PlayStation 4 (PS4) is an upcoming video game console from Sony Computer Entertainment. Announced as the successor to PlayStation 3 during a press conference on February 20, 2013, it will launch on November 15, 2013, in North America, and November 29, 2013, in Europe and Australia, and will compete with Nintendo’s Wii U and Microsoft’s Xbox One, as part of the eighth generation of video game consoles.
Moving away from the complicated Cell architecture of the PlayStation 3, PlayStation 4 will feature a simpler AMD processor, in hopes of attracting a broader range of developers and support for the system. Sony also plans to place more focus on social gameplay, incorporating a “share” button on the new controller and making it possible to view in-game play streamed live from friends. The console will focus on interactivity with other services and devices, including Gaikai, a cloud-based gaming service that will offer streaming video game content; PlayStation App, which will connect smartphones and tablets into a second screen to enhance gameplay; and PlayStation Vita, which will be able to play a majority of the games through Remote Play.
According to lead architect Mark Cerny, development on Sony’s eighth-generation video game console began as early as 2008. Less than two years earlier, PlayStation 3 had launched after months of delays due to issues in production. The delay placed Sony almost a year behind Microsoft’s Xbox 360, which was already approaching 10 million units sold by the time the PS3 launched. PlayStation Europe CEO Jim Ryan said Sony wanted to avoid repeating the same mistake with PS3’s successor.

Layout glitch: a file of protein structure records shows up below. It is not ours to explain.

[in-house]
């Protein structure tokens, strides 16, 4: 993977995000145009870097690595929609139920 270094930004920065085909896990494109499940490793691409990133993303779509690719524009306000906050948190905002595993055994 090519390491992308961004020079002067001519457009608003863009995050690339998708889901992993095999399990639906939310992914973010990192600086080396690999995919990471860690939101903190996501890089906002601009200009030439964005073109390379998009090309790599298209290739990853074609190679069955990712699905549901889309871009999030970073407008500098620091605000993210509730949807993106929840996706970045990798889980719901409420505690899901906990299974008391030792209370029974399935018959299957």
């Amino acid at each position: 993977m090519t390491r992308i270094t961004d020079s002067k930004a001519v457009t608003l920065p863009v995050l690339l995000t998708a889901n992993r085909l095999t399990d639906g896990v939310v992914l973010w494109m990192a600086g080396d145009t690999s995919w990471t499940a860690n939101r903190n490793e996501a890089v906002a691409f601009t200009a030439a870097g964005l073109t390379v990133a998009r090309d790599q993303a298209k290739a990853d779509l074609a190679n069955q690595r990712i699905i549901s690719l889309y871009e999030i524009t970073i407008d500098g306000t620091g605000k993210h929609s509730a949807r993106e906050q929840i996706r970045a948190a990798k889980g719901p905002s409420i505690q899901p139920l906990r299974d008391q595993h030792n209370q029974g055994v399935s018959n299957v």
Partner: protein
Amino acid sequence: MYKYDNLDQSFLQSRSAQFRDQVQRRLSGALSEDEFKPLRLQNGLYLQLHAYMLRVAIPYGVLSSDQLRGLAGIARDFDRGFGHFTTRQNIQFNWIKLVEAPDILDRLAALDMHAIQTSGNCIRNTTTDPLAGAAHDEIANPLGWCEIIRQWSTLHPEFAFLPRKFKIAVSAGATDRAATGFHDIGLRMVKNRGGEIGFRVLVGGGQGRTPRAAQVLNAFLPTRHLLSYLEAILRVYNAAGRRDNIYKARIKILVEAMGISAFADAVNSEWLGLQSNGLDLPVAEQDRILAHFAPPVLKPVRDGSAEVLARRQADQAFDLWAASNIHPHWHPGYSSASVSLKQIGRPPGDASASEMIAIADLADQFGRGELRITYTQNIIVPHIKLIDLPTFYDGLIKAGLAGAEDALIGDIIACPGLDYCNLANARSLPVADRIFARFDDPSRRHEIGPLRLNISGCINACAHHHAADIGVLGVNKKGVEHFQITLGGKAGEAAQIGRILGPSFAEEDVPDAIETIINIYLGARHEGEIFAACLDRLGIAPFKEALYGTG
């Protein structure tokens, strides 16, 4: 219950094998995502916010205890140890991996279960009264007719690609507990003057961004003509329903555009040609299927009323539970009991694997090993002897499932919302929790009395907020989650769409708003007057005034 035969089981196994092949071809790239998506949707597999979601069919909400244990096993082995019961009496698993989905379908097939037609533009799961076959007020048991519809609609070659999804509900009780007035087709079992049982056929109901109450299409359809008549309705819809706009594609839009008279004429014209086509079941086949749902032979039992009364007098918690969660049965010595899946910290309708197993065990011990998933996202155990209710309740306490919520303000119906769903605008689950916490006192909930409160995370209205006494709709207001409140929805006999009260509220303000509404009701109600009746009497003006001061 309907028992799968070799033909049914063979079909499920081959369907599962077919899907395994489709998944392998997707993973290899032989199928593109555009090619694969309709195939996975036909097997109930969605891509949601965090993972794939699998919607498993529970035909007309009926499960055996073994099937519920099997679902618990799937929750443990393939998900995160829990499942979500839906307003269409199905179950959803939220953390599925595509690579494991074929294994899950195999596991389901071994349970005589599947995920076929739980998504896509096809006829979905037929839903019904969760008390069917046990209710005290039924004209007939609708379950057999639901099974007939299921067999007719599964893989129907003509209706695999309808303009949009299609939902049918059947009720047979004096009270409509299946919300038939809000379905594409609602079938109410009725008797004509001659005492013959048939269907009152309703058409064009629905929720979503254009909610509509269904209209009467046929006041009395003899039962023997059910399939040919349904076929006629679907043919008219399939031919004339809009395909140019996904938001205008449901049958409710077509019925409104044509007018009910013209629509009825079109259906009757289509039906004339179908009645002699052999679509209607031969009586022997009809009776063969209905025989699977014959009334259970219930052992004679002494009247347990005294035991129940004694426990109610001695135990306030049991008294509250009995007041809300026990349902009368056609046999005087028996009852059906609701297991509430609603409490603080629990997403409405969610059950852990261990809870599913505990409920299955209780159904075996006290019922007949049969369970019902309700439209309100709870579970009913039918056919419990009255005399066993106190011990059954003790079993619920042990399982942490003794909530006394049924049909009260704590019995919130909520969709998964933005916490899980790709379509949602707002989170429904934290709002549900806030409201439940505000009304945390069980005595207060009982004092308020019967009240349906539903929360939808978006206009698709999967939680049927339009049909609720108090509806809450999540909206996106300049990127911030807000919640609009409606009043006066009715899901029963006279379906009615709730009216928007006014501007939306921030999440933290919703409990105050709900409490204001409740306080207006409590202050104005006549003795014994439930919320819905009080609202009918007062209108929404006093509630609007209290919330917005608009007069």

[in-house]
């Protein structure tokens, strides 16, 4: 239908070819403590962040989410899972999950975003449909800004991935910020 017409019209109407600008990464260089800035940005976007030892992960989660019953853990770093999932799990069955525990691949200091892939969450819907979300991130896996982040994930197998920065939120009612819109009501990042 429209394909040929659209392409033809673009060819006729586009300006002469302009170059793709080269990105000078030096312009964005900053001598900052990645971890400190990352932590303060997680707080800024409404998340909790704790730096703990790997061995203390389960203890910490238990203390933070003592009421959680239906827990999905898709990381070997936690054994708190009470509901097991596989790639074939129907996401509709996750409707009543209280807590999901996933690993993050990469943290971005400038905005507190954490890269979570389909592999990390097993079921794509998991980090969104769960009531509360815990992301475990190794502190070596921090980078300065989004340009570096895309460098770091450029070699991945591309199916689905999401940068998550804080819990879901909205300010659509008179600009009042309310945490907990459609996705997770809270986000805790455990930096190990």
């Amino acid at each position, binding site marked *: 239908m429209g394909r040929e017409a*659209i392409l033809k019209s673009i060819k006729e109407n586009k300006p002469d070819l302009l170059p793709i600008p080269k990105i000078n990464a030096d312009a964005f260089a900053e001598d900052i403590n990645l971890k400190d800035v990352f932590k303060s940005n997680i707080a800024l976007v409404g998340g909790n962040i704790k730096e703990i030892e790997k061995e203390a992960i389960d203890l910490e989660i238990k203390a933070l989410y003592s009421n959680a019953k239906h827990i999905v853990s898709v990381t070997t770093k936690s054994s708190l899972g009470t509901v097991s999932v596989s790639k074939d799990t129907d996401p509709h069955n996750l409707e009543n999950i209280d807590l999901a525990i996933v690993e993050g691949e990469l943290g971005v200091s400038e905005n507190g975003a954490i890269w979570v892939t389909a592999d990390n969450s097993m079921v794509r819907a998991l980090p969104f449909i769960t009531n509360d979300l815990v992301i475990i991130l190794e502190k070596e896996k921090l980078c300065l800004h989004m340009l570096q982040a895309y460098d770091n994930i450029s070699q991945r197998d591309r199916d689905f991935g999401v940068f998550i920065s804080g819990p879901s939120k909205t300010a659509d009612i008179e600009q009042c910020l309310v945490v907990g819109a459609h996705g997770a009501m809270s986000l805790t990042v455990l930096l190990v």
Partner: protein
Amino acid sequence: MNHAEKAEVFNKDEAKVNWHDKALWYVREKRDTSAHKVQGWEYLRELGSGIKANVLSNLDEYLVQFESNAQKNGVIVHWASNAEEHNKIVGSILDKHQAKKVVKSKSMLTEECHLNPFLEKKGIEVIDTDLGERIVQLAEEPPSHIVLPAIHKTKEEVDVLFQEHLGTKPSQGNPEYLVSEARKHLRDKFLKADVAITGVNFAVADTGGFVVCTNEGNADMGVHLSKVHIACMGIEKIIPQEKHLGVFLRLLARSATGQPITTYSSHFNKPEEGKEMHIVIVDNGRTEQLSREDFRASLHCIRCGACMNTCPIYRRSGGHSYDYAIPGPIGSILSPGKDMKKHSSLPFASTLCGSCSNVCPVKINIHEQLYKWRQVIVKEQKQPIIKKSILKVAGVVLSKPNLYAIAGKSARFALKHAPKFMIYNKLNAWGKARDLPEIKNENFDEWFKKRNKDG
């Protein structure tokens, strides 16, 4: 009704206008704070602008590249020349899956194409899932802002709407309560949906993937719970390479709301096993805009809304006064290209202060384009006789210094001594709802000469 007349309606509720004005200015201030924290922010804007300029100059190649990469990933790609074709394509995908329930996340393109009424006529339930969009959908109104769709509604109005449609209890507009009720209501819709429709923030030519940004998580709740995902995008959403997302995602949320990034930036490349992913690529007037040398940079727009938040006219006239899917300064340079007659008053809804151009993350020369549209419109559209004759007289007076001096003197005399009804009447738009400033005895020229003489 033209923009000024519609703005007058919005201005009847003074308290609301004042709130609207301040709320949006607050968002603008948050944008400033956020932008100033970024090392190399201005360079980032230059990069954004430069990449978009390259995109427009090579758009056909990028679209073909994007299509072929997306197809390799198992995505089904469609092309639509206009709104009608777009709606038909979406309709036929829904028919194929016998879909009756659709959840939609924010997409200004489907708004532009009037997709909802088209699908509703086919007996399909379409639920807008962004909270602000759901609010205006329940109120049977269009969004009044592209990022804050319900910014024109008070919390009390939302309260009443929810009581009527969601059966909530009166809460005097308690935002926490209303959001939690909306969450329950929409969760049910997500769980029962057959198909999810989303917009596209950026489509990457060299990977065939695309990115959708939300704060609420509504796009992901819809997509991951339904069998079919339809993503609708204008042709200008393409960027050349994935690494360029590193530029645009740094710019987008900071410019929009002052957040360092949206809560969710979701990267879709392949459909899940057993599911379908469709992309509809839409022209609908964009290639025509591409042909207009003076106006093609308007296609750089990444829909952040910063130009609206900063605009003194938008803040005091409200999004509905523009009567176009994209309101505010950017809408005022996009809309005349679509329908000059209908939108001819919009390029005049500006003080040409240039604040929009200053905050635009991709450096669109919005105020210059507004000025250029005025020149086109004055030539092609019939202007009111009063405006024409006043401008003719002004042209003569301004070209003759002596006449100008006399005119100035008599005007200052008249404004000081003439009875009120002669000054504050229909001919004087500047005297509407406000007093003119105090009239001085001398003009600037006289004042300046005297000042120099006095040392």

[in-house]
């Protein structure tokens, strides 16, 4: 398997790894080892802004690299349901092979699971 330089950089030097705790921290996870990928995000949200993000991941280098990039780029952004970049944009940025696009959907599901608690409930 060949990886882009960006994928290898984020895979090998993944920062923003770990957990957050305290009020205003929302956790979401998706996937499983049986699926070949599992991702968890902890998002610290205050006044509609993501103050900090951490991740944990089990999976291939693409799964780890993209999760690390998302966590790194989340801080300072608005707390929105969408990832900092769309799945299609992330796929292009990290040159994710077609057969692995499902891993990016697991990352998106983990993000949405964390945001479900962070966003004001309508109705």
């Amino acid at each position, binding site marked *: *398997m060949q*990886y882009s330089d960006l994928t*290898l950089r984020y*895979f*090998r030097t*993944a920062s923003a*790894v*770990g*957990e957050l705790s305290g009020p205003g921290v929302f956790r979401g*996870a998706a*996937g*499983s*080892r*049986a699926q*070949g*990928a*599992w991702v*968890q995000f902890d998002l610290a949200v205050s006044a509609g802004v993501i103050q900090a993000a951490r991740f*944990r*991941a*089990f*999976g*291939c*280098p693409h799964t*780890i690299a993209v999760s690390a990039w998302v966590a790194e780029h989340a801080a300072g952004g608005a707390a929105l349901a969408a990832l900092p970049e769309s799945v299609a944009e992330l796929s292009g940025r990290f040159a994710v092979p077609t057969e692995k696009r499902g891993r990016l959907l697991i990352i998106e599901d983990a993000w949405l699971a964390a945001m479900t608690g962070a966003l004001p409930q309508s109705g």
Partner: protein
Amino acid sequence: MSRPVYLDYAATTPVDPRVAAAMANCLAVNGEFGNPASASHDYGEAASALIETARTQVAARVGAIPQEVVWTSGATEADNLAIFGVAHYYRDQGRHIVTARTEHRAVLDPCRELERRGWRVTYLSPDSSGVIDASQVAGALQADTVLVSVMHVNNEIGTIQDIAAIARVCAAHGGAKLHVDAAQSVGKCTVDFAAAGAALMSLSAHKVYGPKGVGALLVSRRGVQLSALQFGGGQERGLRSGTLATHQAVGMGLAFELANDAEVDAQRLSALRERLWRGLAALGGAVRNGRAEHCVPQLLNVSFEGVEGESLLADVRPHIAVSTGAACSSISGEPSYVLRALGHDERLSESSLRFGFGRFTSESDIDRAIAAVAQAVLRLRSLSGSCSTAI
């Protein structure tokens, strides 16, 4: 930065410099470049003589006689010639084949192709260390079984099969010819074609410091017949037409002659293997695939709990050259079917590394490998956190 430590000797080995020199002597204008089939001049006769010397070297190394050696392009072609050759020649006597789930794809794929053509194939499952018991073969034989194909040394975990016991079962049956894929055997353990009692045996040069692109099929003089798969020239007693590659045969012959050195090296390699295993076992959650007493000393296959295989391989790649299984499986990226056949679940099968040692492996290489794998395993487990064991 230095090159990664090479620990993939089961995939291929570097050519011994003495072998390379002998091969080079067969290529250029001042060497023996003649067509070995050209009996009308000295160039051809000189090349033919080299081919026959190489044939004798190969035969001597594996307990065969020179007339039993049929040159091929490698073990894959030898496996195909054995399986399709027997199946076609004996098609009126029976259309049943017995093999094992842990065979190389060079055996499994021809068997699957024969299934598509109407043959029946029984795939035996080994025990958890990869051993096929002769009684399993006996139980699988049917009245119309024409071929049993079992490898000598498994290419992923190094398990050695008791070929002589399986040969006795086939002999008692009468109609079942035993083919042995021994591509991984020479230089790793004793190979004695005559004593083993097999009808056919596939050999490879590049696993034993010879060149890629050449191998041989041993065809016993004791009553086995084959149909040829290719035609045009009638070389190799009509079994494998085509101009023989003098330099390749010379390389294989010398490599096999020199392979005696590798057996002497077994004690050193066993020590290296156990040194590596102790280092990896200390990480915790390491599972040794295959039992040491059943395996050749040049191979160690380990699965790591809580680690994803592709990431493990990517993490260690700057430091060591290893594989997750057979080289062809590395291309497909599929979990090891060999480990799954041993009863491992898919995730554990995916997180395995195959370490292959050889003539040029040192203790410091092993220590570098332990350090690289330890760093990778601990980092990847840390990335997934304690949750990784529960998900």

In 2012, Sony began shipping development kits to game developers consisting of a modified PC running the AMD Accelerated Processing Unit chipset.These development kits were known as Orbis. In early 2013, Sony announced that an event known as PlayStation Meeting 2013 would be held in New York City on February 20, 2013, to cover the “future of PlayStation”. Sony officially announced PlayStation 4 at the event. They revealed details about the console’s hardware and discussed some of the new features it will introduce. Sony also showed off real-time footage of games in development, as well as some technical demonstrations. Sony released more information about the console and presented the device itself in June 2013 at the Electronic Entertainment Expo.
The company revealed release dates for North America, Central America, South America, Europe & Australia as well as final pieces of information at the Gamescom conference in Cologne, Germany on August 20, 2013. The console will be released on November 15, 2013 in the United States and Canada, followed by further releases on November 29, 2013, in Australia, Europe, North America, Central America & South America. The PS4 has also been scheduled for a December 2013 launch in South Korea, Hong Kong, Taiwan, Singapore and Malaysia, ahead of the console’s Japanese début on February 22, 2014.
The console design was not revealed at the press conference revealing the console, since the design and specifications were still being finalized. However, some technical specifications about the console were announced. The technology in PlayStation 4 will be relatively similar to the hardware found in personal computers. This familiarity should make it easier and less expensive for game studios to develop games for PS4. The physical console was finally unveiled by Sony at E3 2013.
According to Eurogamer, Sony will make a loss of $60 per unit sold for $399 at launch, but expect to immediately recoup the losses through PlayStation Plus subscriptions and game sales.
Main article: PlayStation 4 technical specifications